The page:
The Learning with series: Dr Tan Lai Yong (Part 2)
The 4Cs of Learning (Part 2: Clarity and Cheng Zhang 成长)
Clarity In learning, there are many knowns and unknowns. Problems arise when students confuse what is known with what is not known. But there are also issues when the knowns are not prioritized properly.
Dr Tan Lai Yong recounted a time when he was volunteering as a doctor in the Singapore national soccer team in the 1980s. Everyone loved the skillful players who could run rings around everyone and dazzle fans with acrobatic bicycle kicks. However, there were certain basics such as teamwork and fitness that were sorely lacking.
In learning mathematics and various languages, it is important to write the equations and characters accurately because it instils a certain discipline. Parents and educators could affirm these values as they guide their children through school.
Another intangible value that Dr Tan highlights is that of humility.
Being in Yunnan, China, without the ability to speak fluent Mandarin, Dr Tan was forced to learn the language and culture of the place. As he recounted, “If I had known Chinese, I might just have gone in and thought that I was the expert. That would have been the path to failure.” Instead, he was forced to listen and that formed the bedrock for the eventual God-given success that the team enjoyed later.
Cheng Gong(成功) and Cheng Zhang(成长) One of the greatest illusions in learning involves four Chinese characters. The first two characters are: Cheng Gong (成功). This simply means success or achievement. When Dr Tan first got into medical school, it could almost certainly be described as a major achievement. However, his mother knew better. She simply shared with him that the journey ahead would be difficult.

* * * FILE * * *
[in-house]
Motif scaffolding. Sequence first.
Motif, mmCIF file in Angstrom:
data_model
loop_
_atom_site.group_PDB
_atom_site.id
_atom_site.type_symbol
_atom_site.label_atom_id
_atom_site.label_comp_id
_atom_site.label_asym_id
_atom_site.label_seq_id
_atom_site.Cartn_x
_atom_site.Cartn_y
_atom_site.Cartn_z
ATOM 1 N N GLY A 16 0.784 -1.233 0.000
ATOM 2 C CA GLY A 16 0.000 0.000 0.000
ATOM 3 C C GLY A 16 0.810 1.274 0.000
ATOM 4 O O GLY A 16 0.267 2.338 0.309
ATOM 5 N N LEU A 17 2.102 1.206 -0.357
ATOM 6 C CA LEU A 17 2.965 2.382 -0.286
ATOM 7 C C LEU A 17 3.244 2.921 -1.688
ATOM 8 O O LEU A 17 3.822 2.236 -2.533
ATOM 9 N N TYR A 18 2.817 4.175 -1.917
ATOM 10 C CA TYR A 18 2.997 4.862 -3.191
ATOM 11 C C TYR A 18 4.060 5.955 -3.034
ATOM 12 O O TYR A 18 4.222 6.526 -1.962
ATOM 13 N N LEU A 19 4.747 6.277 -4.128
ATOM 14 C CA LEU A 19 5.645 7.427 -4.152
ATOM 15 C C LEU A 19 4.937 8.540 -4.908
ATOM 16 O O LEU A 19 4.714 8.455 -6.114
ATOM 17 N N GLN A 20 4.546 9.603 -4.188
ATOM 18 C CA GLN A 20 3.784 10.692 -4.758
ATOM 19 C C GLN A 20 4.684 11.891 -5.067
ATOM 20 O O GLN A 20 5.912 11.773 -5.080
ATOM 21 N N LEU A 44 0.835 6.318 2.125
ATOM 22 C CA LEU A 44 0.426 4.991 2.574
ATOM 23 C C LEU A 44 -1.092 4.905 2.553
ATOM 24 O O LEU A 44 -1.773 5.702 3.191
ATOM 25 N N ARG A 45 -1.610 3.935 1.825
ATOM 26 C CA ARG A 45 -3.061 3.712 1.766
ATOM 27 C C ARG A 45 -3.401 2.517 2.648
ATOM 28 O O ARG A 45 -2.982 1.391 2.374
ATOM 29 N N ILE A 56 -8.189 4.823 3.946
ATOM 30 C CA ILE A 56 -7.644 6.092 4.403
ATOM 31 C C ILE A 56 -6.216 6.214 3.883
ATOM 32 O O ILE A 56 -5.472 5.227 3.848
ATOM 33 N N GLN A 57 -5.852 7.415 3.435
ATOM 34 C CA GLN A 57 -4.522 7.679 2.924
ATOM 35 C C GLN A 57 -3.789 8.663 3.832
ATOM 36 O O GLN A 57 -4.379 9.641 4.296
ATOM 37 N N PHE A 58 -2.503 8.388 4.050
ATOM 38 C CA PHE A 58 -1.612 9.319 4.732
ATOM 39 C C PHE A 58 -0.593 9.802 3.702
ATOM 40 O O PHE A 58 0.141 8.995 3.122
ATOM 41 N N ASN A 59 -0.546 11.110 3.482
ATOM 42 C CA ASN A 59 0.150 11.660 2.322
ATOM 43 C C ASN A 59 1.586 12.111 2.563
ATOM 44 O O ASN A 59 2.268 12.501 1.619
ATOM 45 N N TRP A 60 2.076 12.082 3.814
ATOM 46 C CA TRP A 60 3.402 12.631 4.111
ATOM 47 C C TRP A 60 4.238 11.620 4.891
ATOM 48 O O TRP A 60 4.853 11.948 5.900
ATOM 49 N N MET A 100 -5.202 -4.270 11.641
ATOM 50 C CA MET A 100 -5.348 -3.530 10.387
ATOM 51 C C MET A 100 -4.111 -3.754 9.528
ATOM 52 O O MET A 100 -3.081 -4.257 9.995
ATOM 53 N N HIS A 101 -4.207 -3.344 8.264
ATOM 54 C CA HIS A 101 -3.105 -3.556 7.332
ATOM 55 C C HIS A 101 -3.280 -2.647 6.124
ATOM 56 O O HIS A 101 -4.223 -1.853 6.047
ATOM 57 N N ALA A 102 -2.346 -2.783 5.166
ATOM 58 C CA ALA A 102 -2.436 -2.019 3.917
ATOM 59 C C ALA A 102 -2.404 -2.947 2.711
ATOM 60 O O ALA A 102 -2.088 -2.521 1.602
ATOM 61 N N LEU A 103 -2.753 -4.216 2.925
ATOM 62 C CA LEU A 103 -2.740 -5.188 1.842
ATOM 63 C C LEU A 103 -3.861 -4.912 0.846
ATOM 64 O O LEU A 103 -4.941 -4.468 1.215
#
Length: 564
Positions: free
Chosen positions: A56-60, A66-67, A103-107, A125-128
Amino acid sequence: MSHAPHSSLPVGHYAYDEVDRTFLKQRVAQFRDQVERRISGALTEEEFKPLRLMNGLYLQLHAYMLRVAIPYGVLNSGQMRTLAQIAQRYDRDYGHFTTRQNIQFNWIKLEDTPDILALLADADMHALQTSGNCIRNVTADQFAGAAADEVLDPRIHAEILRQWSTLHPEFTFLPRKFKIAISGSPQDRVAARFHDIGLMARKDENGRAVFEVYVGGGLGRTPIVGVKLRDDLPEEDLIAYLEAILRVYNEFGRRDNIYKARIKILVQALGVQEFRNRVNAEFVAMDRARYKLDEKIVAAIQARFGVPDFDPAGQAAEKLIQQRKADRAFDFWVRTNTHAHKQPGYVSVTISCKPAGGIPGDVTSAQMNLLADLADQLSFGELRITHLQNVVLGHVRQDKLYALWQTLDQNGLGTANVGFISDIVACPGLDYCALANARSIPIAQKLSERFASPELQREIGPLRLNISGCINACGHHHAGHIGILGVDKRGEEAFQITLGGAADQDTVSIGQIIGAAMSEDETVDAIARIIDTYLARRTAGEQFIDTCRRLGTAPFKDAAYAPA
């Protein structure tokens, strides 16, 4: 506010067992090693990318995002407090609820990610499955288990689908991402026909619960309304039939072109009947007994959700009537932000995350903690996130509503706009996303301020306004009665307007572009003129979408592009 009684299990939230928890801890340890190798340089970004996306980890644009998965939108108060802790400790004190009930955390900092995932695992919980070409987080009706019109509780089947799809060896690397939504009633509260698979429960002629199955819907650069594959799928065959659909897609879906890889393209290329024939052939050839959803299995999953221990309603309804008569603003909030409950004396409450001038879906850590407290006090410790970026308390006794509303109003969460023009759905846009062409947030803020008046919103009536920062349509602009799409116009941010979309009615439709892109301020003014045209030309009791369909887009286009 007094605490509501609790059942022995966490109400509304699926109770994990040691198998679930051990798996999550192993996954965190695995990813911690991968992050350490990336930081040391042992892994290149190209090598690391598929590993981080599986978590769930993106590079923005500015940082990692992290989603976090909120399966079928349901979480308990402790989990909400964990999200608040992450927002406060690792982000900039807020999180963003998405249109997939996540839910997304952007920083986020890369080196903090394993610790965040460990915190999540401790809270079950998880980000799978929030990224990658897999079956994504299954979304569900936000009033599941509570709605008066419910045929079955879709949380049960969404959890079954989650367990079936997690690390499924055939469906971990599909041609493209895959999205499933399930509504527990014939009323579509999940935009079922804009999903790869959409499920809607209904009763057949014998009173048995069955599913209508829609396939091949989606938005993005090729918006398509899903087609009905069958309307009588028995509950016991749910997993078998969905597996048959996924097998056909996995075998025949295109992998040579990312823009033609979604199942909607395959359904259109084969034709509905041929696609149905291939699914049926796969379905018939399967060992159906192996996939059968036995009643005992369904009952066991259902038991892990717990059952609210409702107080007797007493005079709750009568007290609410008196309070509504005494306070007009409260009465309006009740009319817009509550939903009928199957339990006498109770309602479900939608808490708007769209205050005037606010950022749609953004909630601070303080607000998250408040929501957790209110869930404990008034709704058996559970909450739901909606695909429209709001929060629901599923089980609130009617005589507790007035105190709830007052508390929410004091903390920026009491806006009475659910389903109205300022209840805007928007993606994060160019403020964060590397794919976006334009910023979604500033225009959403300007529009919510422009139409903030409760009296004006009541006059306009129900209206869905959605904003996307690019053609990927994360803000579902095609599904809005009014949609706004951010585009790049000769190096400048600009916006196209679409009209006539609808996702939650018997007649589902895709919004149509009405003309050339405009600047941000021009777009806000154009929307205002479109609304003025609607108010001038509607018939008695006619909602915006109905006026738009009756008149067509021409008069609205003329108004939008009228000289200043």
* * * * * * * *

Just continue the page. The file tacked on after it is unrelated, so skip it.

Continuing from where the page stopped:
Many years later, Dr Tan understood what his mother was referring to. It was not simply that it would be difficult to graduate from medical school but rather that the journey ahead of being a physician would be challenging. It involved understanding the person and their conditions before treating their disease. When Dr Tan served in Yunnan, China, he had to keep learning how to help the village doctors there to learn to be better physicians too. This continuous growth and development is at the heart of the other two characters: Cheng Zhang (成长). Dr Tan shared that there was a fundamental difference between Cheng Gong (成功) and Cheng Zhang (成长). “Sometimes, we are so fixated on Cheng Gong (成功) that we forget about Cheng Zhang (成长),” said Dr Tan as he recalled about what his mother had told him decades ago. Dr Tan was given the wise and counter-balancing mandate of going out to play because the world was out there. Go out there to learn about life and grow in character. As you grow, the success should come. Don’t be too fixated on success because it may not be the stepping stone to growth and development.
The next time you hear a child being asked what they want to do when they grow up, listen to their answers, and don’t react too quickly.
Protect and nurture their sense of curiosity, remind them that they are loved – always, help them to be clear about their priorities, and remember the difference between Cheng Gong (成功)and Cheng Zhang (成长).
Dr Tan Lai Yong is a medical doctor by training. In 1996, he and his family moved to Yunnan, China, to serve in the community and train village health workers. He has received numerous awards for his excellence in teaching in NUS. He has 2 grown children and still enjoys the outdoors very much. In the past, he has led trips to countries like Botswana, China, India, and Myanmar.